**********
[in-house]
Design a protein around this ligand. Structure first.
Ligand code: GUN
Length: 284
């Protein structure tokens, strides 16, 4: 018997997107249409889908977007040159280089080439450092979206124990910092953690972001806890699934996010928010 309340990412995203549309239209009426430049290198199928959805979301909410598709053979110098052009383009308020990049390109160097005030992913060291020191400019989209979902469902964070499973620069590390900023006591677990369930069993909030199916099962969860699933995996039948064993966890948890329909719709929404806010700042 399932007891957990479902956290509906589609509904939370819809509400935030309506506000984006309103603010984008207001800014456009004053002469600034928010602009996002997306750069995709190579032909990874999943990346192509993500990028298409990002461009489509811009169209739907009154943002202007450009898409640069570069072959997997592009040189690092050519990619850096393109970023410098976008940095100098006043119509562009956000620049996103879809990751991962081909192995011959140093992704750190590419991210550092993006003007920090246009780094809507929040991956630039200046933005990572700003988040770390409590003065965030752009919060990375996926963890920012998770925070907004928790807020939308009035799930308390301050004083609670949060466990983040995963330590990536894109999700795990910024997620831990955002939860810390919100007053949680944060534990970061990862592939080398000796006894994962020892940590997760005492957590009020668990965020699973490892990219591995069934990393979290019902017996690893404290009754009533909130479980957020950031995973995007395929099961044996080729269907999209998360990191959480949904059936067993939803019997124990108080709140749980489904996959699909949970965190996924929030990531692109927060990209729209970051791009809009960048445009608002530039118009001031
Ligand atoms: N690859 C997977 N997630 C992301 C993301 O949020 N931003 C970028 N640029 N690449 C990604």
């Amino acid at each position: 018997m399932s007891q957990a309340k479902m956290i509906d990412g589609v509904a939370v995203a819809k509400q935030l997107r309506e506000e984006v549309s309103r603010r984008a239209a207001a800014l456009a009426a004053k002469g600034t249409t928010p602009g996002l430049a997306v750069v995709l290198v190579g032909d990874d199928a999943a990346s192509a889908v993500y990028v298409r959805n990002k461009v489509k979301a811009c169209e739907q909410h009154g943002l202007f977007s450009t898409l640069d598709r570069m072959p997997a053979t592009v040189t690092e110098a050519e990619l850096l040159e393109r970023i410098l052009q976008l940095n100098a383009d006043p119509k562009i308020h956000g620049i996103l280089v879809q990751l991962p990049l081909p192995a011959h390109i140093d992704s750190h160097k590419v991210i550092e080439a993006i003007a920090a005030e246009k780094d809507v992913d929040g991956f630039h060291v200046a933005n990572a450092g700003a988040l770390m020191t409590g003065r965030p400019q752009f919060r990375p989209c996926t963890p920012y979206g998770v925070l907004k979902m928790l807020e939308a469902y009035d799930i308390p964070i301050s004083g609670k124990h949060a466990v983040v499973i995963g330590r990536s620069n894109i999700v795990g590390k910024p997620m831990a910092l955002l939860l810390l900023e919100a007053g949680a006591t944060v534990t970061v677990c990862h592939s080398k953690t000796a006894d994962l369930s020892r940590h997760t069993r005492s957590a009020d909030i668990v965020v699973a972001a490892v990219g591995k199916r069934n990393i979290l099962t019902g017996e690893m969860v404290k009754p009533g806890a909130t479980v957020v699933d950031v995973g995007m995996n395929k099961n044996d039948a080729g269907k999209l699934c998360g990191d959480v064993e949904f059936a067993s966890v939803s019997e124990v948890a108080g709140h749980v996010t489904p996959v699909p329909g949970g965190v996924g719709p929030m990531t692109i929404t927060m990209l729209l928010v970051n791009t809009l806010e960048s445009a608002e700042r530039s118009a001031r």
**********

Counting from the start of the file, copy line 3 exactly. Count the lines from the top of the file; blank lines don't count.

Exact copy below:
Ligand code: GUN